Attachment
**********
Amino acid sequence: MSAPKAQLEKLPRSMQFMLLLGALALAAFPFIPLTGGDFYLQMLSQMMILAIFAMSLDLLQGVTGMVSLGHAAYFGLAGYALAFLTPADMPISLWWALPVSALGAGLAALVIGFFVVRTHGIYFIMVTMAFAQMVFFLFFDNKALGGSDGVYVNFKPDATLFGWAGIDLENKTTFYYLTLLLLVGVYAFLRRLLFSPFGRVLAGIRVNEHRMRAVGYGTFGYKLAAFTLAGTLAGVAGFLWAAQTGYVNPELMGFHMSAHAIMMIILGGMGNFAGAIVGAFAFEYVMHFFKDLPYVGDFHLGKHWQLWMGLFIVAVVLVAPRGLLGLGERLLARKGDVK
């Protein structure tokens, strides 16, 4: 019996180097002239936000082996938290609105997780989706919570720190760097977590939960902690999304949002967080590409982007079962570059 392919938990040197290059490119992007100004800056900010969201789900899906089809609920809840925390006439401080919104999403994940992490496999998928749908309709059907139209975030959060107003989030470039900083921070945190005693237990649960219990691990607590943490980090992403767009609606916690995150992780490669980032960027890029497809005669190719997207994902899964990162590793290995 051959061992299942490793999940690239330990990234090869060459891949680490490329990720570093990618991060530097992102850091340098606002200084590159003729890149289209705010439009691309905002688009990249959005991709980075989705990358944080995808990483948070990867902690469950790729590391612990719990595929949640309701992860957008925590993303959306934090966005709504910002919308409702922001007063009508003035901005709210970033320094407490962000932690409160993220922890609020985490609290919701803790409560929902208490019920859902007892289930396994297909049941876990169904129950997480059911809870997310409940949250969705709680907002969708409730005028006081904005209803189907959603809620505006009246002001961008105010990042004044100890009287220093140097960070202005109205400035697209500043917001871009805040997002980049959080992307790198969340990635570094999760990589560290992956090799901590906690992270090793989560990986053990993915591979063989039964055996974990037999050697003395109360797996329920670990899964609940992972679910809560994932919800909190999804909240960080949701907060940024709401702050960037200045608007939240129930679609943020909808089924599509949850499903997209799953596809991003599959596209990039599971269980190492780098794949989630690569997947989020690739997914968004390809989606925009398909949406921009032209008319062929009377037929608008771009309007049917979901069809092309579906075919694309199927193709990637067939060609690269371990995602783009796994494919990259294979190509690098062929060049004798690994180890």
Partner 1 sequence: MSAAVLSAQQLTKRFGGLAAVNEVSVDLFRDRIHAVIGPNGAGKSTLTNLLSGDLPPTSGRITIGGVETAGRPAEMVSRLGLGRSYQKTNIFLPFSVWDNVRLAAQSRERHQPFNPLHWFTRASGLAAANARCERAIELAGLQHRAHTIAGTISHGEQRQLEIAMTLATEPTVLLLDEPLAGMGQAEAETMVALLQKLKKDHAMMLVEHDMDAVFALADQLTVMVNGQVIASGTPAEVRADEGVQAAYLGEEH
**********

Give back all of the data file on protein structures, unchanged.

Amino acid sequence: MSAPKAQLEKLPRSMQFMLLLGALALAAFPFIPLTGGDFYLQMLSQMMILAIFAMSLDLLQGVTGMVSLGHAAYFGLAGYALAFLTPADMPISLWWALPVSALGAGLAALVIGFFVVRTHGIYFIMVTMAFAQMVFFLFFDNKALGGSDGVYVNFKPDATLFGWAGIDLENKTTFYYLTLLLLVGVYAFLRRLLFSPFGRVLAGIRVNEHRMRAVGYGTFGYKLAAFTLAGTLAGVAGFLWAAQTGYVNPELMGFHMSAHAIMMIILGGMGNFAGAIVGAFAFEYVMHFFKDLPYVGDFHLGKHWQLWMGLFIVAVVLVAPRGLLGLGERLLARKGDVK
């Protein structure tokens, strides 16, 4: 019996180097002239936000082996938290609105997780989706919570720190760097977590939960902690999304949002967080590409982007079962570059 392919938990040197290059490119992007100004800056900010969201789900899906089809609920809840925390006439401080919104999403994940992490496999998928749908309709059907139209975030959060107003989030470039900083921070945190005693237990649960219990691990607590943490980090992403767009609606916690995150992780490669980032960027890029497809005669190719997207994902899964990162590793290995 051959061992299942490793999940690239330990990234090869060459891949680490490329990720570093990618991060530097992102850091340098606002200084590159003729890149289209705010439009691309905002688009990249959005991709980075989705990358944080995808990483948070990867902690469950790729590391612990719990595929949640309701992860957008925590993303959306934090966005709504910002919308409702922001007063009508003035901005709210970033320094407490962000932690409160993220922890609020985490609290919701803790409560929902208490019920859902007892289930396994297909049941876990169904129950997480059911809870997310409940949250969705709680907002969708409730005028006081904005209803189907959603809620505006009246002001961008105010990042004044100890009287220093140097960070202005109205400035697209500043917001871009805040997002980049959080992307790198969340990635570094999760990589560290992956090799901590906690992270090793989560990986053990993915591979063989039964055996974990037999050697003395109360797996329920670990899964609940992972679910809560994932919800909190999804909240960080949701907060940024709401702050960037200045608007939240129930679609943020909808089924599509949850499903997209799953596809991003599959596209990039599971269980190492780098794949989630690569997947989020690739997914968004390809989606925009398909949406921009032209008319062929009377037929608008771009309007049917979901069809092309579906075919694309199927193709990637067939060609690269371990995602783009796994494919990259294979190509690098062929060049004798690994180890």
Partner 1 sequence: MSAAVLSAQQLTKRFGGLAAVNEVSVDLFRDRIHAVIGPNGAGKSTLTNLLSGDLPPTSGRITIGGVETAGRPAEMVSRLGLGRSYQKTNIFLPFSVWDNVRLAAQSRERHQPFNPLHWFTRASGLAAANARCERAIELAGLQHRAHTIAGTISHGEQRQLEIAMTLATEPTVLLLDEPLAGMGQAEAETMVALLQKLKKDHAMMLVEHDMDAVFALADQLTVMVNGQVIASGTPAEVRADEGVQAAYLGEEH